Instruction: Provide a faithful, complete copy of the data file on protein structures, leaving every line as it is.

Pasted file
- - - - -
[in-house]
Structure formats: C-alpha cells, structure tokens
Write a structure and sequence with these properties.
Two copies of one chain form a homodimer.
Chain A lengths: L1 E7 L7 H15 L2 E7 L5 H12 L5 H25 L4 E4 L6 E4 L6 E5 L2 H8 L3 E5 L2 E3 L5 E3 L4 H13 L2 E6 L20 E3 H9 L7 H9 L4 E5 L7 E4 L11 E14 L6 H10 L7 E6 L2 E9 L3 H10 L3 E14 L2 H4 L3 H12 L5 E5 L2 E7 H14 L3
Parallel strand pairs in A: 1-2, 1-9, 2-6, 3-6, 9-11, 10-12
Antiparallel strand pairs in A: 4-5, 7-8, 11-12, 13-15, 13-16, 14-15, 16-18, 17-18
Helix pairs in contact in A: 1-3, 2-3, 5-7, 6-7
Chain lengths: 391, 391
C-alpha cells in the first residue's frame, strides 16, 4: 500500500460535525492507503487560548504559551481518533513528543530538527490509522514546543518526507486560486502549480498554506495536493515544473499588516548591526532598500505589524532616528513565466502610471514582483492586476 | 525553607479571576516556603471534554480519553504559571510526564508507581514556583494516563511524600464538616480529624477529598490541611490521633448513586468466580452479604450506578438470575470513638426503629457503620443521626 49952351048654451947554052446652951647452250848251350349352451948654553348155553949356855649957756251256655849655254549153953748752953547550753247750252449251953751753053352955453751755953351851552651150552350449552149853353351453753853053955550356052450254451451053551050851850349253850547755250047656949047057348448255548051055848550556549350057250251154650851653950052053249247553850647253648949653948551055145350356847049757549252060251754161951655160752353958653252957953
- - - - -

[in-house]
Structure formats: C-alpha cells, structure tokens
Write a structure and sequence with these properties.
Two copies of one chain form a homodimer.
Chain A lengths: L1 E7 L7 H15 L2 E7 L5 H12 L5 H25 L4 E4 L6 E4 L6 E5 L2 H8 L3 E5 L2 E3 L5 E3 L4 H13 L2 E6 L20 E3 H9 L7 H9 L4 E5 L7 E4 L11 E14 L6 H10 L7 E6 L2 E9 L3 H10 L3 E14 L2 H4 L3 H12 L5 E5 L2 E7 H14 L3
Parallel strand pairs in A: 1-2, 1-9, 2-6, 3-6, 9-11, 10-12
Antiparallel strand pairs in A: 4-5, 7-8, 11-12, 13-15, 13-16, 14-15, 16-18, 17-18
Helix pairs in contact in A: 1-3, 2-3, 5-7, 6-7
Chain lengths: 391, 391
C-alpha cells in the first residue's frame, strides 16, 4: 500500500460535525492507503487560548504559551481518533513528543530538527490509522514546543518526507486560486502549480498554506495536493515544473499588516548591526532598500505589524532616528513565466502610471514582483492586476 | 525553607479571576516556603471534554480519553504559571510526564508507581514556583494516563511524600464538616480529624477529598490541611490521633448513586468466580452479604450506578438470575470513638426503629457503620443521626 49952351048654451947554052446652951647452250848251350349352451948654553348155553949356855649957756251256655849655254549153953748752953547550753247750252449251953751753053352955453751755953351851552651150552350449552149853353351453753853053955550356052450254451451053551050851850349253850547755250047656949047057348448255548051055848550556549350057250251154650851653950052053249247553850647253648949653948551055145350356847049757549252060251754161951655160752353958653252957953